What Businesses Can Learn from a Scout Hike

For many of us, the time spent in Scouts is where valuable traits such as leadership, planning, and communications were first rooted. Now in the business world, we find ourselves still drawing upon those early lessons learned.

This past summer, I had the privilege of serving as an adult advisor for my son’s Scout troop at Philmont Scout Ranch in the New Mexico backcountry.  For 12 days, eight 15 year olds and four adult leaders traversed 73 miles over 13,000 feet of elevation gain. 

These are impressive metrics. Many leaders and their teams, however, confuse their KPIs with their goals. 

Goals vs. Metrics

While our KPIs included “hike 73 miles over 12 days,” to “hit our daily waypoints” and “zero 15 year olds eaten by bears,” our goals and reasons for being out there were quite different.  Our goals included the development of self-reliance, confidence and grit.  To facilitate belief in oneself and selfless teamwork, and leadership skills that can be drawn upon for a lifetime.  We also wanted to enjoy the 12 days in pristine wilderness with our friends, parents and sons.  Finally, we wanted our kids to be enthusiastic about getting back out there again and again, and for a lifetime.

We hit the Trail and Faced Reality

In no less than two days on trail, we’d taken 4 hours to walk a straight 3 mile line.  We left camp 2 hours after schedule.  We’d bushwhacked for miles to get back on course.  We set up camp in the dark, and ate dinner at 11pm. 

My mind drifted back several years to my first term in Business School, where I read Eliyahu M Goldratt’s operations handbook, “The Goal”. Most MBAs will remember his most famous chapters, where Goldratt, a factory operations specialist, recounted his own walk with his son’s scout troop. 

So we put our “Herbie” up front.  The leaders figured out our “mental management dashboards,” loaded with KPIs for pace, Gantt-chart critical path analysis, and fully re-engineered camp setup and breakdown workflows; this Troop was fully McKinseyed.  And none of it worked until the team embraced these ideas as their own.

My recent client, a US-based bank working through significant data governance change under the watchful eye of their regulator, may seem a far cry from manufacturing facilities or the long trails of Philmont Boy Scout camp. Upon reflection, however, there are more similarities than differences.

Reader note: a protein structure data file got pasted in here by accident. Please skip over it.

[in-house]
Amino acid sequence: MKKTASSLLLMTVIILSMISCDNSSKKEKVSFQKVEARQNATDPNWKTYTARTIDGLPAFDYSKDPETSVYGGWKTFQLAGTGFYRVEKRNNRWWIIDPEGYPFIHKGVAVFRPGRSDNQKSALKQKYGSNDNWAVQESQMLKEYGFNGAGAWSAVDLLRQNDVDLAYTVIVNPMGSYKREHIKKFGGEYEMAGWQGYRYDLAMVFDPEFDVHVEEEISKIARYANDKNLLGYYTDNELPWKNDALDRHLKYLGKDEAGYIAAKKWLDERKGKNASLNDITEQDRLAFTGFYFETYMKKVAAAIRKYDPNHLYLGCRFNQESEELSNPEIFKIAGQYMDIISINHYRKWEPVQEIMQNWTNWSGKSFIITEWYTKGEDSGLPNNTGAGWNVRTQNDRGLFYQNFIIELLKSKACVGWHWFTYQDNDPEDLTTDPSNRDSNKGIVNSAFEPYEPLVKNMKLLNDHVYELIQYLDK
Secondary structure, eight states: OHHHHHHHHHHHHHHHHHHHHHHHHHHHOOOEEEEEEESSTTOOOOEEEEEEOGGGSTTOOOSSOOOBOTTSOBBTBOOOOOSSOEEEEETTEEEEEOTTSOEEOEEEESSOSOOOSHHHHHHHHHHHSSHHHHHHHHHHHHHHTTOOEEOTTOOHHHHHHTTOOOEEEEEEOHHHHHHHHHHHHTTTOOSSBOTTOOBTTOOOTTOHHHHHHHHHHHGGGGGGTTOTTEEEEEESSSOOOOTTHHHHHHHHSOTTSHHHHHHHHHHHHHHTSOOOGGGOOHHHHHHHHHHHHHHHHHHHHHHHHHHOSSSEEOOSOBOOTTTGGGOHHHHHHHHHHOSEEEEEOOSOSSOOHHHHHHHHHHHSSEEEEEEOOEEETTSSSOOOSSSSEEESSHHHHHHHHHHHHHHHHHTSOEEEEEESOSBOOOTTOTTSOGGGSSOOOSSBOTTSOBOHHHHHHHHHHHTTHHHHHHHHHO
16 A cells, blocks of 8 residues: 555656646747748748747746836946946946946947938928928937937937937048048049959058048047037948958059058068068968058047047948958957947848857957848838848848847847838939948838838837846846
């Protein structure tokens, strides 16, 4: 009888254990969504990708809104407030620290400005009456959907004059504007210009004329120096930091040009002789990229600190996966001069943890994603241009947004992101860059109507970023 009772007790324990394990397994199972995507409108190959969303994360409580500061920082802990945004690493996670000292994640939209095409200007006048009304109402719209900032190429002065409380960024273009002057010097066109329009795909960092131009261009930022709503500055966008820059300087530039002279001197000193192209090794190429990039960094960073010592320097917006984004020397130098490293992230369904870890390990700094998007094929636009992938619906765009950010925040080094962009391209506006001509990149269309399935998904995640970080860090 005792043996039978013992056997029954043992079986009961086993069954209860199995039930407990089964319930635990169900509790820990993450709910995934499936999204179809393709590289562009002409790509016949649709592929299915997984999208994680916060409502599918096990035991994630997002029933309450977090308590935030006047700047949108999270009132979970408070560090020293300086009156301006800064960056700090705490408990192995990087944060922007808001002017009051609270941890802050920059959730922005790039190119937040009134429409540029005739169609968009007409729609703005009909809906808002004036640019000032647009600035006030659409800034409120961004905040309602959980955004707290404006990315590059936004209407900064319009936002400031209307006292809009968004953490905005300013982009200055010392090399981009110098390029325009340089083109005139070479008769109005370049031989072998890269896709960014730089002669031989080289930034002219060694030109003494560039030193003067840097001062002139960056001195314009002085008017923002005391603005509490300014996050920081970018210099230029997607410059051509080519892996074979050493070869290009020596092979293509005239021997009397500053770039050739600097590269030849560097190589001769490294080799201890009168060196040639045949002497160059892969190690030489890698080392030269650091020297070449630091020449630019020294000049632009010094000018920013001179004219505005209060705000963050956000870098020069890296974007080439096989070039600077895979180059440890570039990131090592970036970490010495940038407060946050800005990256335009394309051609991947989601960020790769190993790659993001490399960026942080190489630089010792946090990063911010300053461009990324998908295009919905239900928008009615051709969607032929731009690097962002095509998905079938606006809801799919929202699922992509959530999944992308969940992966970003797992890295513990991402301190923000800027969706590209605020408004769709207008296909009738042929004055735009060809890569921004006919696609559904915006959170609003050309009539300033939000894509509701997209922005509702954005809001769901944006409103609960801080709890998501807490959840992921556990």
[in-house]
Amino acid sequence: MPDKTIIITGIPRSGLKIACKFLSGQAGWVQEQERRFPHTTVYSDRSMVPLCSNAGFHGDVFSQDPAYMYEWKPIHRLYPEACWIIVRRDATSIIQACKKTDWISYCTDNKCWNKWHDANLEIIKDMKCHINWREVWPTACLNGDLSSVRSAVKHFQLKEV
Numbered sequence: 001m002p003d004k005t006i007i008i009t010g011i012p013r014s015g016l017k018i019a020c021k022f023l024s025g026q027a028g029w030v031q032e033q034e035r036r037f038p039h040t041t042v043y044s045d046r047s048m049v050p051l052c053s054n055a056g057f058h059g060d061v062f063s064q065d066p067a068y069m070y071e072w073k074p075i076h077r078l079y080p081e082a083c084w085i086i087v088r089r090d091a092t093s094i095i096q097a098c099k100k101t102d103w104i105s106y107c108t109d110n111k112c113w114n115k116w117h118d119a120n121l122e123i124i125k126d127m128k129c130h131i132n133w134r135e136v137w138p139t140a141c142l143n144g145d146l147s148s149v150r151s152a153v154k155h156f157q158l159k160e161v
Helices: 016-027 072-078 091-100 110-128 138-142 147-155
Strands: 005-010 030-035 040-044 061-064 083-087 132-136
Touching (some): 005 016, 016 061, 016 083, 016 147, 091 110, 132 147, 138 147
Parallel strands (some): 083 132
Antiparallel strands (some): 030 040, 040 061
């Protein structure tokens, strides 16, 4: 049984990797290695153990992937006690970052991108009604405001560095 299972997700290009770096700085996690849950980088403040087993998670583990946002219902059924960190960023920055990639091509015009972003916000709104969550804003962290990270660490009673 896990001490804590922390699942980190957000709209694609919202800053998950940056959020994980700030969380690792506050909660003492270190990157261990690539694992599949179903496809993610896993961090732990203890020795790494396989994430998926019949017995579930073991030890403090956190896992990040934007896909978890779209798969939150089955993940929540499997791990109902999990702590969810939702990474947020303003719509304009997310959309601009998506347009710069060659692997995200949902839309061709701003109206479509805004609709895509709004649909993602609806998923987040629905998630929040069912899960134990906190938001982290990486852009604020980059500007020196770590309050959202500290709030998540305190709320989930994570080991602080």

Below are some lessons not only on operations management, but leadership principles that will help you get the most out of your teams and leaders, and enjoy the journey while you’re at it. 

Key Takeaways from the Trek

1. Communicate your Objectives:

Overwhelmed by seemingly insurmountable lists of tasks, team members often focus on details that aren’t important to the overall objective.

In the backcountry, we ensured the crew was aware of where they were going, and worthwhile activities  or necessary waypoints along the way, such as clean water sources.  The Scouts met every morning and reviewed the day, including terrain to cover, weather, activities and highlights we could opt-in or out of. In doing so, we all understood “The Goal”, and had a voice in recalibrating it. There were times when an activity was possible, but it might mean that we would have to summit a mountain later in the day during a monsoonal thunderstorm.  Would we want to set out early, or skip archery to take the peak?

For Agile-driven organizations, Program Increment Planning and daily standups serve a similar purpose. Still, a strategic vision and “commander’s intent” needs to be revisited in All-Hands, Strategy sessions and informal sync-ups to ensure The Goal is known and understood.  Plans live in contexts, but these contexts aren’t always shared and often change.  Communication ensures leaders and their teams hear when conditions change, and assumptions need to be revisited with better information.